poetry and prose about place

places off-planet #3 – Halley’s Comet 1986

with 6 comments

Halley’s Comet, first recorded by astronomers in 240 BCE, has been a regular visitor through the ages, although people did not realise they were seeing the same comet until astronomer Edmund Halley determined this in 1705.  Halley’s Comet makes an elliptical orbit of the sun and returns to view approximately every 75 years.  It was last seen in 1986.  Halley’s Comet is composed of dust, ice water and other frozen gasses, and was described by astronomer Fred Whipple as a ‘dirty snowball’.  Its nucleus is 15 km long, 8 km wide and 8 km thick; its tail is as much as 100 million km long!

We saw Halley’s Comet as a family, waking in the middle of the night, and driving to a nearby hill overlooking a big field with French Lake and its treeless wetlands in the distance.  The night sky was overcast with a thin high-elevation cloud, so our view was not the best.  However, to me, it was marvellous… a huge (relative to the size of the stars) ball of fuzzy light.  My son can barely remember our watch on the hillside, all swathed in blankets.  However, when it returns in 2061 and he is 78 years old, he will be able to say he saw it twice!

Photo from Wikimedia Commons, taken by Kuiper Airborne Observatory



Halley’s  1987


we choose a roadside watching place

beside a farmer’s field

across from the cemetery

few trees

few lights


we set the alarm for three

coax one another

into the icy car

in awe for an hour

at the comet    fuzzy      indistinct

four fingers above the horizon


too undefined, too faint

for the dirty snowball

they predicted

I scrape our breath from the window

I see it, says my son, only three

I think


he sleeps between us until ten o’clock

his blanket a soft ball

pressed to his nose


almost eighty

he waits for the return


I saw it when I was only young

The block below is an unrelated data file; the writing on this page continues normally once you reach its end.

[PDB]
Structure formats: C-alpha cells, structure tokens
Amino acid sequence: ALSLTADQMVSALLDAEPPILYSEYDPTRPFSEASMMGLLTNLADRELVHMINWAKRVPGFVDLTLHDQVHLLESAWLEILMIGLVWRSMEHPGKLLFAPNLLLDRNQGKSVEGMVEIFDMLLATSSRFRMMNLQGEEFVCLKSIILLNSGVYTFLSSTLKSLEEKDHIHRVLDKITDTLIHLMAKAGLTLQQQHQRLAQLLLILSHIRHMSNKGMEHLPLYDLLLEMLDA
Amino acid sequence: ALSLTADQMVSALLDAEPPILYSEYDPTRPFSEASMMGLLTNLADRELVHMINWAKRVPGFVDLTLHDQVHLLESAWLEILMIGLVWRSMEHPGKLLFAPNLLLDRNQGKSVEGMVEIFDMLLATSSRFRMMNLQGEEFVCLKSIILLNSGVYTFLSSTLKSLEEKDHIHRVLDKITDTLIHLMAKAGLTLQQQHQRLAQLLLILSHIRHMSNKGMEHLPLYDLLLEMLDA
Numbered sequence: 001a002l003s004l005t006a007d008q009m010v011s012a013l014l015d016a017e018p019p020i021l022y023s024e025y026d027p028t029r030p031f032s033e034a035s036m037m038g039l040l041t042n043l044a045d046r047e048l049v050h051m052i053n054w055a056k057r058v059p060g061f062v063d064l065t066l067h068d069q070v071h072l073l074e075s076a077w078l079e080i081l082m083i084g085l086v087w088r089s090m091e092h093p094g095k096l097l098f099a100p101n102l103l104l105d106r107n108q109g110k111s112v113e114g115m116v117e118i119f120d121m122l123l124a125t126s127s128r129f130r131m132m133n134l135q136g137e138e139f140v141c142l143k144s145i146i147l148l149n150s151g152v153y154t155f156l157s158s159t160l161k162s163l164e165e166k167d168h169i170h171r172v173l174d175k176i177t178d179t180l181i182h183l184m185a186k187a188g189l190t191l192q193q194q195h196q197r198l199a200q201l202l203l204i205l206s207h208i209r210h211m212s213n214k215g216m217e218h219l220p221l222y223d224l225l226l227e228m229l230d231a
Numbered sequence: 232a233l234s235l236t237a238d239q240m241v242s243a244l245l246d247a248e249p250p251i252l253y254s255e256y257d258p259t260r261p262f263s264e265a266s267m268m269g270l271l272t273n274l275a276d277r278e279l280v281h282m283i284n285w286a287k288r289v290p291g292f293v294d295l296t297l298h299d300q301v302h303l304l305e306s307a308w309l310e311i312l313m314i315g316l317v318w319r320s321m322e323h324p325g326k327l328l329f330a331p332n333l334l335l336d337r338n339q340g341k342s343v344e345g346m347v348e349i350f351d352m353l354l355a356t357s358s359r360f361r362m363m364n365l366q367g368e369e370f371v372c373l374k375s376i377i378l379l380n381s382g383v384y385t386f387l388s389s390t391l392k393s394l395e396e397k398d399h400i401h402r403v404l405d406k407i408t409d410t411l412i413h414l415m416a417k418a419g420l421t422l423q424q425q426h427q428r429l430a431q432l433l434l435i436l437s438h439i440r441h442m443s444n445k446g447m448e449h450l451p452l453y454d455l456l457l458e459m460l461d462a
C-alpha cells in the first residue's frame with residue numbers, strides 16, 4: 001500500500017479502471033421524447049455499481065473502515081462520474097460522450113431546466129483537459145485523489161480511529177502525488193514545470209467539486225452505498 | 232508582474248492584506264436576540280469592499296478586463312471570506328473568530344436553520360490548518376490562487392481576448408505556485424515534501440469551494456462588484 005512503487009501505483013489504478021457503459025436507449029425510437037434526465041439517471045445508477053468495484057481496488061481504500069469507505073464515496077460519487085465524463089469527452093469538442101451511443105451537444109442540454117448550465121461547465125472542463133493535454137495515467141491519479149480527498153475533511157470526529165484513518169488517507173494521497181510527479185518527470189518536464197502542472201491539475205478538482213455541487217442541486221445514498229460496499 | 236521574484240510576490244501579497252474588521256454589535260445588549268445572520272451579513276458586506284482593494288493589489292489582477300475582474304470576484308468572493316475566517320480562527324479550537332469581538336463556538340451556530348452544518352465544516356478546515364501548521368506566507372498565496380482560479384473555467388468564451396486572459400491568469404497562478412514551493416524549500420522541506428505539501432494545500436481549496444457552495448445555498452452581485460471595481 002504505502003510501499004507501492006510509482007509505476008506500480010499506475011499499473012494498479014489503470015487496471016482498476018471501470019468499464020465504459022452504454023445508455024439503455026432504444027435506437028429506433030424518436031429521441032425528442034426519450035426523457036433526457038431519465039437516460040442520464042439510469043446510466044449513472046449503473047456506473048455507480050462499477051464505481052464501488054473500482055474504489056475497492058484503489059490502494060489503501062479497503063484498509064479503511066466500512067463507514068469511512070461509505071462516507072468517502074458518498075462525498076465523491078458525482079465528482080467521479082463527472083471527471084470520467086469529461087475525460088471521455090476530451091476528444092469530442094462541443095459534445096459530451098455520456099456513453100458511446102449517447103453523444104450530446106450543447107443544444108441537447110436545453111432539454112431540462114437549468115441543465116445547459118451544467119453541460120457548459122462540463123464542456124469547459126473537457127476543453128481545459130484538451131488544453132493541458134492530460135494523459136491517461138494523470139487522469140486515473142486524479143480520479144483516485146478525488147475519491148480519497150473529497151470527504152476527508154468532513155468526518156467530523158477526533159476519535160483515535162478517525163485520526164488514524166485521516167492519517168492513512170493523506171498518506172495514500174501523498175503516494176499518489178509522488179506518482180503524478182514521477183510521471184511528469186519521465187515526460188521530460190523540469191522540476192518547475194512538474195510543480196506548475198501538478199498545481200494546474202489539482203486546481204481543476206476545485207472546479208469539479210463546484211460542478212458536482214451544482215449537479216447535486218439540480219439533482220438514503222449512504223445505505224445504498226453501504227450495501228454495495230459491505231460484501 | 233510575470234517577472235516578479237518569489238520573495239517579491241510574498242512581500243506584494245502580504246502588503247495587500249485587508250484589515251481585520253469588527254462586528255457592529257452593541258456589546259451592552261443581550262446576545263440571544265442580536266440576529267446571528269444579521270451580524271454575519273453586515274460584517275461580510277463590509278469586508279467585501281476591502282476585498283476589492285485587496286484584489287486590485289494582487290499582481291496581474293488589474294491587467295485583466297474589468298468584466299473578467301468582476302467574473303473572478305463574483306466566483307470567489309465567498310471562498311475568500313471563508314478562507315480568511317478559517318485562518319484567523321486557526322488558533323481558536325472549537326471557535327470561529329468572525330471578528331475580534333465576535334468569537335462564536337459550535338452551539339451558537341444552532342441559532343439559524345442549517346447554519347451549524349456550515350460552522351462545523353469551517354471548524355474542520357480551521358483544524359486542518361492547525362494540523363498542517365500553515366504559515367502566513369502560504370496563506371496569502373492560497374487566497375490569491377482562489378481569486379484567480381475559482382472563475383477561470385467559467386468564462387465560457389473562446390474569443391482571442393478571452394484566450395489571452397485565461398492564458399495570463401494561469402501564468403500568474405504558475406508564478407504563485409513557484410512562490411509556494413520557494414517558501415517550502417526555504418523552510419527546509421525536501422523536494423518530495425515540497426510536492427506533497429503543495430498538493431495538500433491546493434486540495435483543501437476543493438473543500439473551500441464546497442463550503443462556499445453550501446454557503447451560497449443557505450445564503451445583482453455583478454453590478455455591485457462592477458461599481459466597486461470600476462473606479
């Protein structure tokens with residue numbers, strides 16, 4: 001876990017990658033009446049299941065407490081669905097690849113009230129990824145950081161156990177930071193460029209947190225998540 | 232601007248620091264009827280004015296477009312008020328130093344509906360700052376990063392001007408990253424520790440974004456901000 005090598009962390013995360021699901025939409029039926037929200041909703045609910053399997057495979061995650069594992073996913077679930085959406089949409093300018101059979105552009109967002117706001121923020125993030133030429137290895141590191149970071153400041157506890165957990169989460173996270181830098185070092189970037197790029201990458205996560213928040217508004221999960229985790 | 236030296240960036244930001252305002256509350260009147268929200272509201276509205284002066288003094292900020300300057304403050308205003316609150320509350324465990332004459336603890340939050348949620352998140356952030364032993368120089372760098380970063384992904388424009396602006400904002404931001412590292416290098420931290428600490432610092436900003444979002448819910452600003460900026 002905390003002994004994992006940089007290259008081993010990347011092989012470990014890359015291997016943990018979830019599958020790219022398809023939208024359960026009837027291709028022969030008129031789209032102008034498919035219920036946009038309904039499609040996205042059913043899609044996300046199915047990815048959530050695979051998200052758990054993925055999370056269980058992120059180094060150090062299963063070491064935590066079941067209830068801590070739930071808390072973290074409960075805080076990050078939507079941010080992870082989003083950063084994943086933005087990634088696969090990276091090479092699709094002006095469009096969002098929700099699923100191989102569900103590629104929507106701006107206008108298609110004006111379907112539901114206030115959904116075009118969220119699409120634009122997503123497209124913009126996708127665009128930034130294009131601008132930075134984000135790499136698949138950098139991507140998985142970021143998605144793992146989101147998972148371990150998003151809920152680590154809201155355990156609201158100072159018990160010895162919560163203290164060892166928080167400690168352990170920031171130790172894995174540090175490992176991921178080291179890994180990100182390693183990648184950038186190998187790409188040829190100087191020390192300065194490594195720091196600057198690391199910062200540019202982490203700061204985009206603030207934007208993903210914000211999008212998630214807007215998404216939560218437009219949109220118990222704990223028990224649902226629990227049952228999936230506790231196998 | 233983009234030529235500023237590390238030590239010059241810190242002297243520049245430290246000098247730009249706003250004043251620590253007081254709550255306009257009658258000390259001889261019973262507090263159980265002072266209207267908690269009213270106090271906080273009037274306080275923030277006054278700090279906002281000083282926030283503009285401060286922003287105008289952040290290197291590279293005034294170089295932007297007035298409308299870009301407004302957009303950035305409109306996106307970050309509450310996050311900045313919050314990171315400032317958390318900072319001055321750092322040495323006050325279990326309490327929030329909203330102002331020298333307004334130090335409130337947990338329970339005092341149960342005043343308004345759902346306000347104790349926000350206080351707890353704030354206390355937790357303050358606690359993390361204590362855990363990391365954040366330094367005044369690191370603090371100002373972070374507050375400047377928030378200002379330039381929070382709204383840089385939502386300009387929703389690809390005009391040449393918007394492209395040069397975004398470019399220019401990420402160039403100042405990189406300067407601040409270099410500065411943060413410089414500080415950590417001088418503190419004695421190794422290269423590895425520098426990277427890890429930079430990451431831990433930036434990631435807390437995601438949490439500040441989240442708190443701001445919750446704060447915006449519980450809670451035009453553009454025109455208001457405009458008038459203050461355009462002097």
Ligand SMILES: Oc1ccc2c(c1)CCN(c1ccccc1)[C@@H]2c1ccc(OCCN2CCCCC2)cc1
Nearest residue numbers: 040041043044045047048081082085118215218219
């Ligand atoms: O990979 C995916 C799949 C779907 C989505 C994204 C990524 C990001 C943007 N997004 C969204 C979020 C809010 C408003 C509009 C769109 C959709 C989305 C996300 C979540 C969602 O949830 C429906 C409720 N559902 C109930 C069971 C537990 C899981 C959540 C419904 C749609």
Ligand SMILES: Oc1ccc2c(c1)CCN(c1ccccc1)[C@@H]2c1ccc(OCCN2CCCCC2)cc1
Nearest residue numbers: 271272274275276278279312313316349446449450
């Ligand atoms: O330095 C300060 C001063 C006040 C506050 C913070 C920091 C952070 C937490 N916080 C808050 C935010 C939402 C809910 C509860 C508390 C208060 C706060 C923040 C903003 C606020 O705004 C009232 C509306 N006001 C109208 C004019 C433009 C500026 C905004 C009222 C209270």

I think



©  Jane Tims 1997

Written by jane tims

May 7, 2012 at 7:43 am

6 Responses

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  1. Well, if I never get to see a falling star at least I’ve seen this comet because of this post. Many thanks, Merrill



    May 7, 2012 at 6:22 pm

  2. My grandfather remembered watching Haley’s Comet in 1910, when he was 5 years old. He and his mother saw it from the front room window of their house in Abington, Massachusetts. He told me about it around the time it came back in 1986, but I don’t remember if he actually got to see it then. I didn’t see it. Don’t remember if the weather wasn’t favorable or if I was just too tired from mothering three small children and helping out with my mother-in-law, who was ill. I enjoyed reading your account of seeing it with your family and how you described your feelings about seeing it in your poem. Maybe your son will be reading this blog post in 2061, preserved somewhere or other, grateful that you recorded the memories!


    Barbara Rodgers

    May 7, 2012 at 4:20 pm

    • Hi Barbara. You are lucky to have your grandfather’s story. It is interesting how many ways we ‘remember’ things… through story, photo, poem or sometimes as an image preserved in our own brains and memories! Jane


      jane tims

      May 7, 2012 at 8:31 pm

  3. Hi Jane,
    I like the way you’ve capured the images of a sleeping three year old and his tenuous remembrances, both past and future, of seeing the comet. Wonderful.


    Carol Steel

    May 7, 2012 at 9:35 am

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